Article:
Databases are central to modern data workflows in almost every industry and increasingly in academic settings where "big data" problems arise. In addition, their use extends to many other environments and domains where large amounts of data must be stored for efficient update, retrieval, and analysis. The purpose of this course is to provide a comprehensive introduction to the use of data management systems for data science. Some traditional database topics covered are relational data models, SQL, transactions, and parallel data processing. Some non-traditional topics covered are dynamic hierarchical database design (NoSQL), and JSON data structures. Python, along with its many database bindings, will be used.

Prerequisites: Take DS 210.
Offered: Every other year, Fall

DS 350. Big Data.3 Credits.

The term "Big Data" means many different things to many different people. For the purposes of this class, it will take on the following meaning - problems and data that are constrained by local memory. This is perhaps one of the largest problems for the modern data scientist. In industry, companies collect petabytes of data on customers and wish to extract value from it. Social sciences such as economics and political science, increasingly use large-scale micro-data to analyze individual behavior. And, of course, hard sciences like physics and genomics have struggled with massive datasets for decades. We will take both a theoretical and practical approach to addressing this issue. Specifically, this course will cover parallel algorithms, distributed computing, databases, cloud resources and computing, and "big data" technologies like Apache Spark.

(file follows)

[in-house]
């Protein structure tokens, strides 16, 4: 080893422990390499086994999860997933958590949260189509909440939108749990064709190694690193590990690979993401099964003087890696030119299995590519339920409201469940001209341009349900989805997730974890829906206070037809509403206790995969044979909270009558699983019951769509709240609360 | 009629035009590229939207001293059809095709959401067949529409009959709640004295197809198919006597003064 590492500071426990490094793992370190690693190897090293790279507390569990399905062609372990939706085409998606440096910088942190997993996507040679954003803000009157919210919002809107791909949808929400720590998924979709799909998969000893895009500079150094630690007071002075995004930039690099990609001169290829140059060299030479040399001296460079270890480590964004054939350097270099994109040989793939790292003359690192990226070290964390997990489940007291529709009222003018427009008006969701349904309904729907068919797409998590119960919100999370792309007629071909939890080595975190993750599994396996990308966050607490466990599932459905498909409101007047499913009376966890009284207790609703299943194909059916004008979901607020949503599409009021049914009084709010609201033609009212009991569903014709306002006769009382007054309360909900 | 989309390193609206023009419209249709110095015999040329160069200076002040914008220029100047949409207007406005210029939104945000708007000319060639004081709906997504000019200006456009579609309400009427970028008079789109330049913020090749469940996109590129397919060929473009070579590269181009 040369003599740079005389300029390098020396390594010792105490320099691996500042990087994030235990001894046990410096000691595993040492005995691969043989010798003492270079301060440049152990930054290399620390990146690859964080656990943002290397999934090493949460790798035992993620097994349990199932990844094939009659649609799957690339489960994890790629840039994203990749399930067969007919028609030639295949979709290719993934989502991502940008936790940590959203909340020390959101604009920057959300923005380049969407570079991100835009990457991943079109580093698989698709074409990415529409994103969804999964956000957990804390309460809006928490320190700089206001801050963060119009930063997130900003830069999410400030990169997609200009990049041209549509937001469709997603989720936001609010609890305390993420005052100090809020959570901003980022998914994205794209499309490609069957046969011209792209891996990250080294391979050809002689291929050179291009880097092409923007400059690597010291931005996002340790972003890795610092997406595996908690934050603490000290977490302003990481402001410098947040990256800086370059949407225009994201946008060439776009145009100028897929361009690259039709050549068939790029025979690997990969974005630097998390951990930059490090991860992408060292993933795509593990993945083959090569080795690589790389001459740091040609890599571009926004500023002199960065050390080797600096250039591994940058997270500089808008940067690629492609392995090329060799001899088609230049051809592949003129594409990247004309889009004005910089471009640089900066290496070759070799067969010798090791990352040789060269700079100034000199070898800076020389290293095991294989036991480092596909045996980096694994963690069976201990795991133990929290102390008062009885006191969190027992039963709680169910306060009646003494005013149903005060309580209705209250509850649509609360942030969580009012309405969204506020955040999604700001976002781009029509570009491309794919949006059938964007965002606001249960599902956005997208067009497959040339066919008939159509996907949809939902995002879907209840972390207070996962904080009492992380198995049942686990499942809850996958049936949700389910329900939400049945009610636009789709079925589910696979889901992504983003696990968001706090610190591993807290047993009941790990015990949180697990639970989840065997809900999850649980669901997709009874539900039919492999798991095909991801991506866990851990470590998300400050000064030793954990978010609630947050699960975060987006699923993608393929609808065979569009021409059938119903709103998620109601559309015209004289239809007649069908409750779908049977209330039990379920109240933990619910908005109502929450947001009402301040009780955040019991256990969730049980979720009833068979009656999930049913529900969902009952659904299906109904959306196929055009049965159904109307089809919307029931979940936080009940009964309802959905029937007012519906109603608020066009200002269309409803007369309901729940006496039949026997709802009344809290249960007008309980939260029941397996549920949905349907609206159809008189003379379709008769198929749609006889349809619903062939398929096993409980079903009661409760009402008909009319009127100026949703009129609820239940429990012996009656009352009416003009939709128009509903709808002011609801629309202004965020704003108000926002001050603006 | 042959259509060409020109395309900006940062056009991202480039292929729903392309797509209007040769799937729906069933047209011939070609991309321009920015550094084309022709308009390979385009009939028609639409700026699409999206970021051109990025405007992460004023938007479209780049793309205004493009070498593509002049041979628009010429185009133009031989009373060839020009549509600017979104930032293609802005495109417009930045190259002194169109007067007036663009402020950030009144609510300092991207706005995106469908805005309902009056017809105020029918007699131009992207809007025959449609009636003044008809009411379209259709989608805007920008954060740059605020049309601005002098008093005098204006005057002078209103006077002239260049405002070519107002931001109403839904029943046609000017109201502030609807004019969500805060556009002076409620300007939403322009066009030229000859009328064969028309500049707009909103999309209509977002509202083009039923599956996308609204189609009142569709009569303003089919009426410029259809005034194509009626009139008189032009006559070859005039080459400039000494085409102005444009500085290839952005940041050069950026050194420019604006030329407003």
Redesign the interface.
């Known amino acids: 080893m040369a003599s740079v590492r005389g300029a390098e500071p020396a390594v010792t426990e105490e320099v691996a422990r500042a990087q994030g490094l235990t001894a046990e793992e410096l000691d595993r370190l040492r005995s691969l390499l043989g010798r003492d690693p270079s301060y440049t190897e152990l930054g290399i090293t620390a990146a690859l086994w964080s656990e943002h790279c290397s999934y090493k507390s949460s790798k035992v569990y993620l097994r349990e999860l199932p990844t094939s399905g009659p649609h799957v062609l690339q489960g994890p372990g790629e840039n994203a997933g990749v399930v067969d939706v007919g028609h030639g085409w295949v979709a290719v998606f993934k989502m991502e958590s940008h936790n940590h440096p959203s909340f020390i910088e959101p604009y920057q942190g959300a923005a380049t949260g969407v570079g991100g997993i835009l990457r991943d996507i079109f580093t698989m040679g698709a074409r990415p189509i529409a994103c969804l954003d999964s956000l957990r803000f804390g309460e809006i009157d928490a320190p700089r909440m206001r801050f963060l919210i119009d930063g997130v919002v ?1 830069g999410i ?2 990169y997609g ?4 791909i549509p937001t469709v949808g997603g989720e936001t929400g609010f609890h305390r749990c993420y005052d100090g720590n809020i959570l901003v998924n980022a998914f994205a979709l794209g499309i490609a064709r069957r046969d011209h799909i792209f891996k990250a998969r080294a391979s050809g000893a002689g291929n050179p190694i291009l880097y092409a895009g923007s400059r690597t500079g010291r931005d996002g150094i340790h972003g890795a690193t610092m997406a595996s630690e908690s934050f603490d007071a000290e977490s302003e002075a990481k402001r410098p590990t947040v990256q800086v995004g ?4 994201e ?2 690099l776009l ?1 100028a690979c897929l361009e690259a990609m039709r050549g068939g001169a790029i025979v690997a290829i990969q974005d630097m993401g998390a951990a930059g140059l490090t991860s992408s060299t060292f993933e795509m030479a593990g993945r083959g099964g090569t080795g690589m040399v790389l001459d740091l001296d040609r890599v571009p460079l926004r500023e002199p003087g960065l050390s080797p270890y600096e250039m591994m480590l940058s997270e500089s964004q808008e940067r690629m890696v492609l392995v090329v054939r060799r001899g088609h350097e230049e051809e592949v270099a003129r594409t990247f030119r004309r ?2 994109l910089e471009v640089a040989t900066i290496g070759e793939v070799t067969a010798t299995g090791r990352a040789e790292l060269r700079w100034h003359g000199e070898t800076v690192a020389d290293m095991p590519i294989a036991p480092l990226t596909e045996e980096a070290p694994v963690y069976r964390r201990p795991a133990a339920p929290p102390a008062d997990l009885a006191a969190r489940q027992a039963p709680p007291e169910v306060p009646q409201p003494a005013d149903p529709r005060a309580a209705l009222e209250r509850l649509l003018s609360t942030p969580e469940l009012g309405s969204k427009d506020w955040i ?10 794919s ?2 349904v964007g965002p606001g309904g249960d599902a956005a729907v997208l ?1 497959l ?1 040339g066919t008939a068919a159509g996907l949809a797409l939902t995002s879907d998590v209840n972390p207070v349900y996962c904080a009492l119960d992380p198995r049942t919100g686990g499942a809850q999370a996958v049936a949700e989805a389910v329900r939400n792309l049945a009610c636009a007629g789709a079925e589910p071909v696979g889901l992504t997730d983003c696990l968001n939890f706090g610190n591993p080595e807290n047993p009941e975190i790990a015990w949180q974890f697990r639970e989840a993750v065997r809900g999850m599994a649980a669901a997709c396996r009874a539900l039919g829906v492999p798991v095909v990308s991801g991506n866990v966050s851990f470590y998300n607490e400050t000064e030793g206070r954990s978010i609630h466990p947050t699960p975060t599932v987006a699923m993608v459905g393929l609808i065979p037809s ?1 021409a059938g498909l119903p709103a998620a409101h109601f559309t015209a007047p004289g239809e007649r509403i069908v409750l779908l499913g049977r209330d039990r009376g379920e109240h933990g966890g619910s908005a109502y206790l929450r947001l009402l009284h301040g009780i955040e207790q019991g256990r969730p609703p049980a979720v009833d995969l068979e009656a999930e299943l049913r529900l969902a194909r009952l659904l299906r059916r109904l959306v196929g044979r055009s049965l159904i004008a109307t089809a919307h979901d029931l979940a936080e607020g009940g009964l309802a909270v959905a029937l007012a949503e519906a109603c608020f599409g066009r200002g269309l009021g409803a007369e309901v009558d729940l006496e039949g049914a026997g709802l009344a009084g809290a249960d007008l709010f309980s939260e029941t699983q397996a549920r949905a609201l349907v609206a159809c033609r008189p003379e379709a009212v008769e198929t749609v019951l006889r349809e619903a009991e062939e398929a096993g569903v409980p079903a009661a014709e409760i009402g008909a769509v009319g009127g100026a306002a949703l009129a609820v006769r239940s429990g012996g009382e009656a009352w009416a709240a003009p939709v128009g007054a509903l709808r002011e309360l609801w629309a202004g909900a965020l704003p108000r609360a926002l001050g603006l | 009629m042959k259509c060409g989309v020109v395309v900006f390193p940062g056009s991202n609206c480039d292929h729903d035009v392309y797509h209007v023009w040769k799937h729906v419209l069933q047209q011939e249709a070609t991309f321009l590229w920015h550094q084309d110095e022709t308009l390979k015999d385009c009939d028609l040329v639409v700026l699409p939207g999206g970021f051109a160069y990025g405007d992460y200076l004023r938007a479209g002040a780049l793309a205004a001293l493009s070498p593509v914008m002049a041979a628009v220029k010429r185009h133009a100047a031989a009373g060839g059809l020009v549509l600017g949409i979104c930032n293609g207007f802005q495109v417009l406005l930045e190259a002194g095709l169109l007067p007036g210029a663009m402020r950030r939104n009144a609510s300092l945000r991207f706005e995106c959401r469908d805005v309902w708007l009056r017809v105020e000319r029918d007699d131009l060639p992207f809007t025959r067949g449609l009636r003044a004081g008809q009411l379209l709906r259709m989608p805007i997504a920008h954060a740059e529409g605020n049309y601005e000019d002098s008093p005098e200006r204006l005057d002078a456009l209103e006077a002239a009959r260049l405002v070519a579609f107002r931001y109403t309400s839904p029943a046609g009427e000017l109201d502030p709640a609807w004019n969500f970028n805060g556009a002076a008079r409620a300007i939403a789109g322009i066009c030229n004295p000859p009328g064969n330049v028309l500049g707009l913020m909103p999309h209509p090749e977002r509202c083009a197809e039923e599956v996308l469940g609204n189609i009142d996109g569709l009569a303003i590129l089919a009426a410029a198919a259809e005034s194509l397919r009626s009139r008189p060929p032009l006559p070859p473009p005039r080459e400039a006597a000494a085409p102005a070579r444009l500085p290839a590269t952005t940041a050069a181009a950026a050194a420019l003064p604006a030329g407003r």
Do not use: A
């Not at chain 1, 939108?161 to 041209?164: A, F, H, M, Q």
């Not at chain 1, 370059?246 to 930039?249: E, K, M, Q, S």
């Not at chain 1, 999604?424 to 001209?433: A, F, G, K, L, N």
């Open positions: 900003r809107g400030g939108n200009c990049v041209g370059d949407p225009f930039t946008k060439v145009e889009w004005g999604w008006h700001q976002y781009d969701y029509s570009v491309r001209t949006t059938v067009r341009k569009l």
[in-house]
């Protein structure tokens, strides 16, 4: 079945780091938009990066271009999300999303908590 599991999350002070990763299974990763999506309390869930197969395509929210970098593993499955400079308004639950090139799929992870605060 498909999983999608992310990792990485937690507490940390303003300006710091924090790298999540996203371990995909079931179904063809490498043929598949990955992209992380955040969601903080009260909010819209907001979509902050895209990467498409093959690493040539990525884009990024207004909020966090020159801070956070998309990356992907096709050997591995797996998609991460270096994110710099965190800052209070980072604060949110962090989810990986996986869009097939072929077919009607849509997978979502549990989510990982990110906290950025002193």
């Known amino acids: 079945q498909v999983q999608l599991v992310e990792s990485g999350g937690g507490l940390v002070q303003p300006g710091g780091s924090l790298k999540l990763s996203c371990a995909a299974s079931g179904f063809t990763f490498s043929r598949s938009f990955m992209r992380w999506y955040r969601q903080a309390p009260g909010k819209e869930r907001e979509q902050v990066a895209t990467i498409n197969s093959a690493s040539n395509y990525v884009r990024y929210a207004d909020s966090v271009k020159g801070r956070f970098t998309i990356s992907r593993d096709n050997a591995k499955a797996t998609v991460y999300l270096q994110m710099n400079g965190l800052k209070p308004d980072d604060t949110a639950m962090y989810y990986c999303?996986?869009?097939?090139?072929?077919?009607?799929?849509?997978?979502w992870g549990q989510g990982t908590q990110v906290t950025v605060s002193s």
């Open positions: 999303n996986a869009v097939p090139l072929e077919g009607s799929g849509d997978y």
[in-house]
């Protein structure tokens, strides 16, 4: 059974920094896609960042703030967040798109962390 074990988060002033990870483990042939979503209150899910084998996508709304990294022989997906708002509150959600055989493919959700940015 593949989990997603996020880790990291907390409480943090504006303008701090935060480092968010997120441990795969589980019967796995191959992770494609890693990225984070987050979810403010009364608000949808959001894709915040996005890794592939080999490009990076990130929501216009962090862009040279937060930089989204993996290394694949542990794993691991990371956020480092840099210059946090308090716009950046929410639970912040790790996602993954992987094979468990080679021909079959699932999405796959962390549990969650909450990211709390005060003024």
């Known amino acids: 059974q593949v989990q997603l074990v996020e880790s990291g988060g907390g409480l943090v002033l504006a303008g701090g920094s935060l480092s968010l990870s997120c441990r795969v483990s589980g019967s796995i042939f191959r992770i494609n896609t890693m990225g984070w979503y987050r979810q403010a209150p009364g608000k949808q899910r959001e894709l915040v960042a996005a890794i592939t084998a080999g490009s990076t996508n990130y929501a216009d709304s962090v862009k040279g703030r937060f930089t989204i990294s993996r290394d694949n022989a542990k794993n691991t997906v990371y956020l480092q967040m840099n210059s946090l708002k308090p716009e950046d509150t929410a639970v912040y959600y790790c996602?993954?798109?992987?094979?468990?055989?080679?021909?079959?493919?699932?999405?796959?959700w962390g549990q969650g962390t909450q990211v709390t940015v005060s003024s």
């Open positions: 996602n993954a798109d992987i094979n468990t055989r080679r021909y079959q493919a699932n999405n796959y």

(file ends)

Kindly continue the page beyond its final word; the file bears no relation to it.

Prerequisites: Take DS 210;
Offered: Every other year, Fall

DS 380. Data Mining.3 Credits.

This course introduces students to the concepts and techniques of data mining (the extraction of patterns from large data sets). Topics include data preprocessing, data warehouse architecture, online analytics processing (OLAP), frequent pattern mining, association rules mining, classification analysis.

Prerequisites: Take EC 365.
Offered: Every year, Fall

DS 385. Machine Learning.3 Credits.

This course introduces students to the theory of machine learning and practical applications. Topics include supervised learning, unsupervised learning, learning theory, regularization models, validation and models.

Prerequisites: Take DS 380.
Offered: Every year, Spring

DS 399. Applied Time Series Analysis and Forecasting.3 Credits.

Most real-world phenomena involve systems that change through time (e.g., stock market indices, population sizes, salinity levels in a body of water, etc.). Often, the past behavior of these phenomena provides predictive power for future behaviors. This course introduces students to time series analysis, a field of statistics that centers on mathematical relationships between the past and future and how to predict the future through forecasting. Topics include autocorrelation and partial autocorrelation functions, autoregressive models, moving average models, ARMA, ARIMA, and ARMAX. Additional topics may include seasonal models, state-space models and Kalman filtering, volatility models, and machine learning models for forecasting. In all cases, real-world applications and computer implementations in R or similar software are explored.

Prerequisites: Take MA 285 or EC 272; Minimum grade C- , TR

DS 480. Data Science Capstone.3 Credits.

This course serves as a culminating experience for the Data Science major. Students work on an independent project that will allow them to integrate knowledge from their previous courses in the major and apply that knowledge to a problem in a domain of their interest.

Prerequisites: Take DS 385.
Offered: Every year, Spring